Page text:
The Maps of Chickamauga: An Atlas of the Chickamauga Campaign, Including the Tullahoma Operations, June 22 – September 23, 1863
by David A Powell & David Friedrichs
Reviewed by Roger Lee Hattabaugh II
I eagerly jumped at the chance to get my hands on this and provide the TVCWRT members with a short review of this excellent work by historian David A. Powell and cartographer Davi d A Friedrichs. According to Amazon.com, Mr. Powell is a graduate of the Virginia Military Institute (1983) with a BA in history. He has published numerous articles in various magazines, and more than fifteen historical simulations of different battles. For the past decade, his focus has been on the epic battle of Chickamauga, and he is nationally recognized for his tours of that important battlefield. He lives and works in Chicago, Illinois, where he owns and operates a delivery company. David A. Friedrichs graduated from University of Wisconsin in 1982 and has worked as a civil engineer since then. He is the author of numerous articles and papers on topics ranging from public asset management to military history.
This is the third book in a series of campaign studies published by Savas Beatie LLC. The first two in the series, written by Bradley M Gottfried, discussed and explained the battles of First Bull Run (Manassas) and Gettysburg. A fourth volume on Antietam (Sharpsburg), also by Mr. Gottfried, is also now in print. The series of atlases uses what is considered to be a different approach toward military history and the study of battlefields/campaigns by directly combining a written “action-section” with one, or more, maps that illustrate the written word. In The Maps of Chickamauga, this is accomplished by text on one page and a map on the opposite page, giving readers an opportunity to see what they are reading without having to flip through or bookmark a separate map page in the book.
While the chapters at the beginning and end of the book describe the approach to and retreat from, the area, the “action-sections” in this volume cover a range from 15-20 minutes to several hours throughout each day (18-20 September 1863) of the battle, and each map is beautifully illustrated (by David Friedrichs) in color with ‘standard’ symbols used for the various units and movements. The 129 maps graphically illustrate “the complex tangle of combat’s ebb and flow that makes the titanic bloodshed of Chickamauga one of the most confusing actions of the American Civil War,” (quoted from the publisher’s website). There are also several appendices which provide orders of battle and battlefield losses for both the opening movement from Tullahoma as well as the Battle of Chickamauga.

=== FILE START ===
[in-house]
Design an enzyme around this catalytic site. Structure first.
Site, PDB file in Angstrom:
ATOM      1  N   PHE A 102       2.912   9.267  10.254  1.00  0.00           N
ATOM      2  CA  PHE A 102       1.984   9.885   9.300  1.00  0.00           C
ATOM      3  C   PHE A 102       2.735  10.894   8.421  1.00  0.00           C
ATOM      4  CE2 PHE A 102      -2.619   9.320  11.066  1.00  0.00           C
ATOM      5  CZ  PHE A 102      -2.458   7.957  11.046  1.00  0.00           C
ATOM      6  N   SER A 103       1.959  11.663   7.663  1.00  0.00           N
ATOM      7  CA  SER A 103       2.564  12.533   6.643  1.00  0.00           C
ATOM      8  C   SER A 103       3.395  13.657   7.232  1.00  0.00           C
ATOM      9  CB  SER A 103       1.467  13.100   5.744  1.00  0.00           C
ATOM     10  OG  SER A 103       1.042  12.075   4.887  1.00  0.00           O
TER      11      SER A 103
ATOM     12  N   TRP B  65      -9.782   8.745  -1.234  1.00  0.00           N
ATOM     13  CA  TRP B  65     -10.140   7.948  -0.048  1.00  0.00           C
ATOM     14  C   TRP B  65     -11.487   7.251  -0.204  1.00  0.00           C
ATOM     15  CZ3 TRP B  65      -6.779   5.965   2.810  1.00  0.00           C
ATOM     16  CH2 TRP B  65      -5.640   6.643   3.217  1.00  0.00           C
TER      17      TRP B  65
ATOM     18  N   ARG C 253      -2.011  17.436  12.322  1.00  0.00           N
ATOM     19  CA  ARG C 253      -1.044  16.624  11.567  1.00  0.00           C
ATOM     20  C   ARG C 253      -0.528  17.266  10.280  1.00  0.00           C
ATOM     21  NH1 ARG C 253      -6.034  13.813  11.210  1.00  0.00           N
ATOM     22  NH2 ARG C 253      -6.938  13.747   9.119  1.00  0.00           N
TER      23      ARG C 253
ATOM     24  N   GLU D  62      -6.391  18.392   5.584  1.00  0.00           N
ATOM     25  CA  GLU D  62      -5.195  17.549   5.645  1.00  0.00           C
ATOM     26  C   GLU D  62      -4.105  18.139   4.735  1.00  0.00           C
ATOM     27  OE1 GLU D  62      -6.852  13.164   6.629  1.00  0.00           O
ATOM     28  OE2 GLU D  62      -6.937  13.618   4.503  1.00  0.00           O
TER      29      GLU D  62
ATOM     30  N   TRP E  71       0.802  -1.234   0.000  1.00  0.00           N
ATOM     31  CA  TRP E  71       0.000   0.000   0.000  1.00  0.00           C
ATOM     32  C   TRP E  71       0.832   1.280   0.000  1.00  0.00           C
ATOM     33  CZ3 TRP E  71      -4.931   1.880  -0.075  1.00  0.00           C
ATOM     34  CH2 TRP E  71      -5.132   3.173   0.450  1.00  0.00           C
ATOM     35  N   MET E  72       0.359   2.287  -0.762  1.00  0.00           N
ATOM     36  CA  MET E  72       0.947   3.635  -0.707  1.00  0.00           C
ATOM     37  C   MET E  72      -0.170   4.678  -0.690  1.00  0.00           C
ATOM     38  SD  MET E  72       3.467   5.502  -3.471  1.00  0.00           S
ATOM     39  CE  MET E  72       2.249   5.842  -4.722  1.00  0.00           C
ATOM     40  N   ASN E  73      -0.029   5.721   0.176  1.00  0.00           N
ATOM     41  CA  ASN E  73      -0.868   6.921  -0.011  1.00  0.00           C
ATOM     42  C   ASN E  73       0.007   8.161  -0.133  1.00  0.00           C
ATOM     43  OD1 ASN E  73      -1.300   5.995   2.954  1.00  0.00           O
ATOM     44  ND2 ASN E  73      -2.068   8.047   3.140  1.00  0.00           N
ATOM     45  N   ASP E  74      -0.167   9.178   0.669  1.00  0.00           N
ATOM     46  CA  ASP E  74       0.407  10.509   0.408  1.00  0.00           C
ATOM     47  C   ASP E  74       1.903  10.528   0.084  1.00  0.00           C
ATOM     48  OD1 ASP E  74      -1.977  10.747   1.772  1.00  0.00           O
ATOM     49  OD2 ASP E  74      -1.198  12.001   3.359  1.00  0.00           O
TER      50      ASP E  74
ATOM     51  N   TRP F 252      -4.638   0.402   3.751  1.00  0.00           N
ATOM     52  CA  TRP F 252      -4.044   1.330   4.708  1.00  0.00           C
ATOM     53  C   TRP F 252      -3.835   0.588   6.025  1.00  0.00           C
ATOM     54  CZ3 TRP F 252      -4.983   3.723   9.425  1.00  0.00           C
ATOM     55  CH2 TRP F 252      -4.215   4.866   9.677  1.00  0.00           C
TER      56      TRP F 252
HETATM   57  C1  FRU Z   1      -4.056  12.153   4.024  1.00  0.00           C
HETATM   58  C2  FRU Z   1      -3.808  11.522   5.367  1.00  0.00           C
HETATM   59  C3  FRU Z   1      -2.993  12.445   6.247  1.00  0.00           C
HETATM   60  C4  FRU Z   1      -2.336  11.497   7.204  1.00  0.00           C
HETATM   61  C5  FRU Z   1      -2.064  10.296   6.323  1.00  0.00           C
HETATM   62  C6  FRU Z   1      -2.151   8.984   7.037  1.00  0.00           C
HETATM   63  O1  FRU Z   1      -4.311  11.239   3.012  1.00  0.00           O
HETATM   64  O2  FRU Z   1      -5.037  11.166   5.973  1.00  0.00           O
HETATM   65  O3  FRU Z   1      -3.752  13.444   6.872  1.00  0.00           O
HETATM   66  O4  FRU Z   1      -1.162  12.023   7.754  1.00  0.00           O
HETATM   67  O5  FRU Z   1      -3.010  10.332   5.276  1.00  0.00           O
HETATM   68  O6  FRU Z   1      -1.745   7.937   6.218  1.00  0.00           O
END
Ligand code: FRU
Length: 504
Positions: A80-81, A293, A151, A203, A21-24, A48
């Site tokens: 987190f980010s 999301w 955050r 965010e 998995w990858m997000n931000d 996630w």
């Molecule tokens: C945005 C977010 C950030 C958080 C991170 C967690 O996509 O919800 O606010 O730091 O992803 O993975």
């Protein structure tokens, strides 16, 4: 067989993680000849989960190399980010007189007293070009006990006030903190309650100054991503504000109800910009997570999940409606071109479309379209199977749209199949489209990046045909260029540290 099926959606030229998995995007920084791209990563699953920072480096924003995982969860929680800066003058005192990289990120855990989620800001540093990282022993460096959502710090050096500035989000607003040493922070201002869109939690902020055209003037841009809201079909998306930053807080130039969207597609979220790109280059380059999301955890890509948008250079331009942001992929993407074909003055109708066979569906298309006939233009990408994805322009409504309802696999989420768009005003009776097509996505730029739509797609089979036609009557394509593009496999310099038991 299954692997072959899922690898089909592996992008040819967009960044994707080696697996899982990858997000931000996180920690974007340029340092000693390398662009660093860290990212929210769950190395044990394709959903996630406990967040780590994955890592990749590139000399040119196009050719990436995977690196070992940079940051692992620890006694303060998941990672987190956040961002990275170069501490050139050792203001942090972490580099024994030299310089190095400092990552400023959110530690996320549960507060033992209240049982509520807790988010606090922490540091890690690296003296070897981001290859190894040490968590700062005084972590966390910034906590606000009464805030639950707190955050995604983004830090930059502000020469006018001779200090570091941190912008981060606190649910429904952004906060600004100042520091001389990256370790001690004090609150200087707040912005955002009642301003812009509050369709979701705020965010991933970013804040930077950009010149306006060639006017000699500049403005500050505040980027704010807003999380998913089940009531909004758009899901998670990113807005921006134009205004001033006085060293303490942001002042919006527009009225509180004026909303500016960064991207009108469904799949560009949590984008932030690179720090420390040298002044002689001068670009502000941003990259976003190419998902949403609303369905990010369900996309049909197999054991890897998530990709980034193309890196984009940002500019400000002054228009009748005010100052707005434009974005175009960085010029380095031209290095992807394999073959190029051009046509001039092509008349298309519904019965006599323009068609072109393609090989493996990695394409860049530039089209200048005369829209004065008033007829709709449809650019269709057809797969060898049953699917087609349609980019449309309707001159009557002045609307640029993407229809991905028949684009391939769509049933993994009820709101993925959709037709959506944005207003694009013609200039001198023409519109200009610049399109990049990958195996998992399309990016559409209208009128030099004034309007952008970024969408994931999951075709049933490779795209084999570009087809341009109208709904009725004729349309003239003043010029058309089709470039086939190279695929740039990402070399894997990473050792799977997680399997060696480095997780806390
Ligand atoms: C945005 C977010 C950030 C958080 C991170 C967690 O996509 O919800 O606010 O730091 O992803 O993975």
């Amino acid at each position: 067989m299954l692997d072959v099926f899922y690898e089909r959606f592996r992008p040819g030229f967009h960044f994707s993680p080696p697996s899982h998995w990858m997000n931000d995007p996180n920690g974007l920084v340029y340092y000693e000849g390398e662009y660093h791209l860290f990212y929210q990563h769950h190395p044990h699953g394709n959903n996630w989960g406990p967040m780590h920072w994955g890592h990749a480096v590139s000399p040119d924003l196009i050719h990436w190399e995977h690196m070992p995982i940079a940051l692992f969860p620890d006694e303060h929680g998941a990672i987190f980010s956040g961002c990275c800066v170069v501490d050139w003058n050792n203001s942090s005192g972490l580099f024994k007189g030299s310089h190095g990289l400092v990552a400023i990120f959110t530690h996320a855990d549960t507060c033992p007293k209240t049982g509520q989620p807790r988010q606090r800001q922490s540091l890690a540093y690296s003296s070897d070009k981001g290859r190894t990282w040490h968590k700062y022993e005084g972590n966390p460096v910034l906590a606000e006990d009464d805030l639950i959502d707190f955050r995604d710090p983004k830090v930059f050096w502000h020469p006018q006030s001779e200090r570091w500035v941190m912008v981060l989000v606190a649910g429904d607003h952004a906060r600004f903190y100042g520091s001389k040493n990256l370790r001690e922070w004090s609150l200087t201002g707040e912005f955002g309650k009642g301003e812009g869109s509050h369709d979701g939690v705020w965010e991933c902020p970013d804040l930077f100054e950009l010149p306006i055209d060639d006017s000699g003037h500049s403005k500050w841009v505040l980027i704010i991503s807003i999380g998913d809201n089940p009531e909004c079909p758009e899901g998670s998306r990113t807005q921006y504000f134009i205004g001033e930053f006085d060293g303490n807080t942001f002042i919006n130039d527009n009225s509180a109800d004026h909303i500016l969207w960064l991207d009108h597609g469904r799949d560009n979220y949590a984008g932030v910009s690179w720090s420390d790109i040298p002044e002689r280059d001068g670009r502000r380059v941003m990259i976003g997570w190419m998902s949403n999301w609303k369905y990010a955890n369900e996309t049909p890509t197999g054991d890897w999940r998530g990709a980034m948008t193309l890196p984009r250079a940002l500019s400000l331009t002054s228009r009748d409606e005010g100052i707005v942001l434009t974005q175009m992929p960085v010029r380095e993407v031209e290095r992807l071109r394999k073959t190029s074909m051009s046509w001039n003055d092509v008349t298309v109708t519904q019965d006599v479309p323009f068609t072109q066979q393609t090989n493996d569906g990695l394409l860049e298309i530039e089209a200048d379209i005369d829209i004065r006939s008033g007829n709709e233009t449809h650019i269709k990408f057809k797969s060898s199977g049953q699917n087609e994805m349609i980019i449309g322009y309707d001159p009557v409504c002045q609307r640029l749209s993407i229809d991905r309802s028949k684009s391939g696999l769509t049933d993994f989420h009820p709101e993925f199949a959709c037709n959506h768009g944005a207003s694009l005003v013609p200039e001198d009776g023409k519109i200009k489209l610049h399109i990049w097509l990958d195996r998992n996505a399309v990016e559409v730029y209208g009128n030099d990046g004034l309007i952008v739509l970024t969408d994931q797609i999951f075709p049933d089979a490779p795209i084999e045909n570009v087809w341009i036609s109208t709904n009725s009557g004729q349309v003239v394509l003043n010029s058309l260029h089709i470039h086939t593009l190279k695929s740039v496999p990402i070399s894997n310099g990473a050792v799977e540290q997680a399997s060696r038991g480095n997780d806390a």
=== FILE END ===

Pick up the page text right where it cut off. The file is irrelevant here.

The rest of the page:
I particularly enjoyed the closing sections of the book which discussed what happened to various participants and commanders after the action at Chickamauga and Chattanooga was ended. The book is highly recommended to both the seasoned battlefield trekker and the novice who is just beginning their study of this crucial battle of the American Civil War.
Roger Lee Hattabaugh II has a long-time love of history and spends most of his ‘spare’ time reading about various historical periods, researching family histories/genealogies and visiting local cemeteries. He joined the TVCWRT in 2009, and is the Treasurer since 2011. He is, by virtue of his 2d great-grandfather’s service, a member of the Sons of Confederate Veterans, Thomas H Hobbs Camp 768, in Athens, Alabama. Lee received his Bachelor’s degree in Electrical Engineering from Norwich University in 1994, and served in the US Army from 1997-2003 as a satellite communications operator. He currently is a Project Engineer for Shearer & Associates of Huntsville focused on projects ranging from electronic security systems to energy management. Having lived, and traveled, in many states and a few countries (courtesy of Uncle Sam), Lee now lives near Capshaw, Alabama, with his wife and two male clones.